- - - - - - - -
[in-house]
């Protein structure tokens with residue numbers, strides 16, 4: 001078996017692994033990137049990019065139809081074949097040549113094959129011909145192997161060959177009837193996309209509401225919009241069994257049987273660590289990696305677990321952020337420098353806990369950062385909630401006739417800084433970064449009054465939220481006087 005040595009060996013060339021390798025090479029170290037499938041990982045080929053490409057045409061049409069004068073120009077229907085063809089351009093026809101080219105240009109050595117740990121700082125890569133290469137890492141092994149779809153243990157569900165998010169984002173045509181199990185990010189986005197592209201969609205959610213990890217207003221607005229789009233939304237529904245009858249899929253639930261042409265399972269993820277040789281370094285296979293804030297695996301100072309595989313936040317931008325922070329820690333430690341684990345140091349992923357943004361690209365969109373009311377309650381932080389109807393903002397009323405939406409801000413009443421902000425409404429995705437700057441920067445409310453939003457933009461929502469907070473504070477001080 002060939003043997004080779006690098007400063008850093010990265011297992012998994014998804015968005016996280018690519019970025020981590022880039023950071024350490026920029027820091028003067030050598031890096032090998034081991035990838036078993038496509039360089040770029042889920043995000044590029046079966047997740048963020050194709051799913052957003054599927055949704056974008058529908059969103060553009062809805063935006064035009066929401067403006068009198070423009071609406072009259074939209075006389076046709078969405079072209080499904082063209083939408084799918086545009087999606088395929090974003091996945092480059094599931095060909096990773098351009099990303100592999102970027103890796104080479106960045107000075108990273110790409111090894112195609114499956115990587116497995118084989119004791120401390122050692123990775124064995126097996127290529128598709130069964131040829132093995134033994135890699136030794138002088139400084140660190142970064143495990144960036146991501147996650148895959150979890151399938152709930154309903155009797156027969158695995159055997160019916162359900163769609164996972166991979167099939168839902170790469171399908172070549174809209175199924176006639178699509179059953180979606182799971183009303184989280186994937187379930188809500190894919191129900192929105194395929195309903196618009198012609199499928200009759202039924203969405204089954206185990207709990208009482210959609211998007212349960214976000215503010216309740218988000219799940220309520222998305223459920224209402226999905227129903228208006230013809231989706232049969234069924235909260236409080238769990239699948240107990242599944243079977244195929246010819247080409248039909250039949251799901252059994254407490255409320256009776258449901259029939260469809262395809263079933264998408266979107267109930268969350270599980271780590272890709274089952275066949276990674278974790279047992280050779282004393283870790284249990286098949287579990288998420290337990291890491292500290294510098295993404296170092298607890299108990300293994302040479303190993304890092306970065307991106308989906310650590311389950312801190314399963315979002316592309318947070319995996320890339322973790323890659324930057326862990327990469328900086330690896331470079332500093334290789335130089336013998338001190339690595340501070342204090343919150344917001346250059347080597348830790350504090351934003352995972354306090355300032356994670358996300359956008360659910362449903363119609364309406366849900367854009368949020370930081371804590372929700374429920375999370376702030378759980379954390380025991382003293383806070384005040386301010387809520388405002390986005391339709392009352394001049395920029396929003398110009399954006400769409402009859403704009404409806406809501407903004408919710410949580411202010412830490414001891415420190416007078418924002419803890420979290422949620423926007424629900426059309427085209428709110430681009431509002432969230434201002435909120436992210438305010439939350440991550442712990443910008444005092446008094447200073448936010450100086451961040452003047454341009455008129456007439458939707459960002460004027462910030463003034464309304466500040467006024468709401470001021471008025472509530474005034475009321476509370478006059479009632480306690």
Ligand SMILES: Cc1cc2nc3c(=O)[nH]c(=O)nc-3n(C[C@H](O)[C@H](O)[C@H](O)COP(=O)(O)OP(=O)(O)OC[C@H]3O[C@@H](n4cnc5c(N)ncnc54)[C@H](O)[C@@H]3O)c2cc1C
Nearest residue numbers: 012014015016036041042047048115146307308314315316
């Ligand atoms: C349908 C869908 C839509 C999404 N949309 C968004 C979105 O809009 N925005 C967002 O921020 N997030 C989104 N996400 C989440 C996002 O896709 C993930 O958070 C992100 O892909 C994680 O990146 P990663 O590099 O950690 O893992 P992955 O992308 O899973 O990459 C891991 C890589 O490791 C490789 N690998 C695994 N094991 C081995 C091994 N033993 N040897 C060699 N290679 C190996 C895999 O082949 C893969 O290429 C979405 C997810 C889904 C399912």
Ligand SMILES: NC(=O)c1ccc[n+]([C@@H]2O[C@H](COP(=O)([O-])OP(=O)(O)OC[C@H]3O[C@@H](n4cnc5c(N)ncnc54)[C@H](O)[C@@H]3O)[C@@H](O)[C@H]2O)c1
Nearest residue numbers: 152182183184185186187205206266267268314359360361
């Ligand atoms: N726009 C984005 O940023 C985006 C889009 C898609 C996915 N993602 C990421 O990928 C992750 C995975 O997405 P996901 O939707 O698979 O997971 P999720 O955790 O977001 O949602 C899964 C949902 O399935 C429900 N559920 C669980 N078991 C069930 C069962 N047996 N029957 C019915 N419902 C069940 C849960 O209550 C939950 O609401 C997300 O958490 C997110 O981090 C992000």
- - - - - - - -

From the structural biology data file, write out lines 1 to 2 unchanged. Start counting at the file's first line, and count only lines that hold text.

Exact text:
[in-house]
């Protein structure tokens with residue numbers, strides 16, 4: 001078996017692994033990137049990019065139809081074949097040549113094959129011909145192997161060959177009837193996309209509401225919009241069994257049987273660590289990696305677990321952020337420098353806990369950062385909630401006739417800084433970064449009054465939220481006087 005040595009060996013060339021390798025090479029170290037499938041990982045080929053490409057045409061049409069004068073120009077229907085063809089351009093026809101080219105240009109050595117740990121700082125890569133290469137890492141092994149779809153243990157569900165998010169984002173045509181199990185990010189986005197592209201969609205959610213990890217207003221607005229789009233939304237529904245009858249899929253639930261042409265399972269993820277040789281370094285296979293804030297695996301100072309595989313936040317931008325922070329820690333430690341684990345140091349992923357943004361690209365969109373009311377309650381932080389109807393903002397009323405939406409801000413009443421902000425409404429995705437700057441920067445409310453939003457933009461929502469907070473504070477001080 002060939003043997004080779006690098007400063008850093010990265011297992012998994014998804015968005016996280018690519019970025020981590022880039023950071024350490026920029027820091028003067030050598031890096032090998034081991035990838036078993038496509039360089040770029042889920043995000044590029046079966047997740048963020050194709051799913052957003054599927055949704056974008058529908059969103060553009062809805063935006064035009066929401067403006068009198070423009071609406072009259074939209075006389076046709078969405079072209080499904082063209083939408084799918086545009087999606088395929090974003091996945092480059094599931095060909096990773098351009099990303100592999102970027103890796104080479106960045107000075108990273110790409111090894112195609114499956115990587116497995118084989119004791120401390122050692123990775124064995126097996127290529128598709130069964131040829132093995134033994135890699136030794138002088139400084140660190142970064143495990144960036146991501147996650148895959150979890151399938152709930154309903155009797156027969158695995159055997160019916162359900163769609164996972166991979167099939168839902170790469171399908172070549174809209175199924176006639178699509179059953180979606182799971183009303184989280186994937187379930188809500190894919191129900192929105194395929195309903196618009198012609199499928200009759202039924203969405204089954206185990207709990208009482210959609211998007212349960214976000215503010216309740218988000219799940220309520222998305223459920224209402226999905227129903228208006230013809231989706232049969234069924235909260236409080238769990239699948240107990242599944243079977244195929246010819247080409248039909250039949251799901252059994254407490255409320256009776258449901259029939260469809262395809263079933264998408266979107267109930268969350270599980271780590272890709274089952275066949276990674278974790279047992280050779282004393283870790284249990286098949287579990288998420290337990291890491292500290294510098295993404296170092298607890299108990300293994302040479303190993304890092306970065307991106308989906310650590311389950312801190314399963315979002316592309318947070319995996320890339322973790323890659324930057326862990327990469328900086330690896331470079332500093334290789335130089336013998338001190339690595340501070342204090343919150344917001346250059347080597348830790350504090351934003352995972354306090355300032356994670358996300359956008360659910362449903363119609364309406366849900367854009368949020370930081371804590372929700374429920375999370376702030378759980379954390380025991382003293383806070384005040386301010387809520388405002390986005391339709392009352394001049395920029396929003398110009399954006400769409402009859403704009404409806406809501407903004408919710410949580411202010412830490414001891415420190416007078418924002419803890420979290422949620423926007424629900426059309427085209428709110430681009431509002432969230434201002435909120436992210438305010439939350440991550442712990443910008444005092446008094447200073448936010450100086451961040452003047454341009455008129456007439458939707459960002460004027462910030463003034464309304466500040467006024468709401470001021471008025472509530474005034475009321476509370478006059479009632480306690």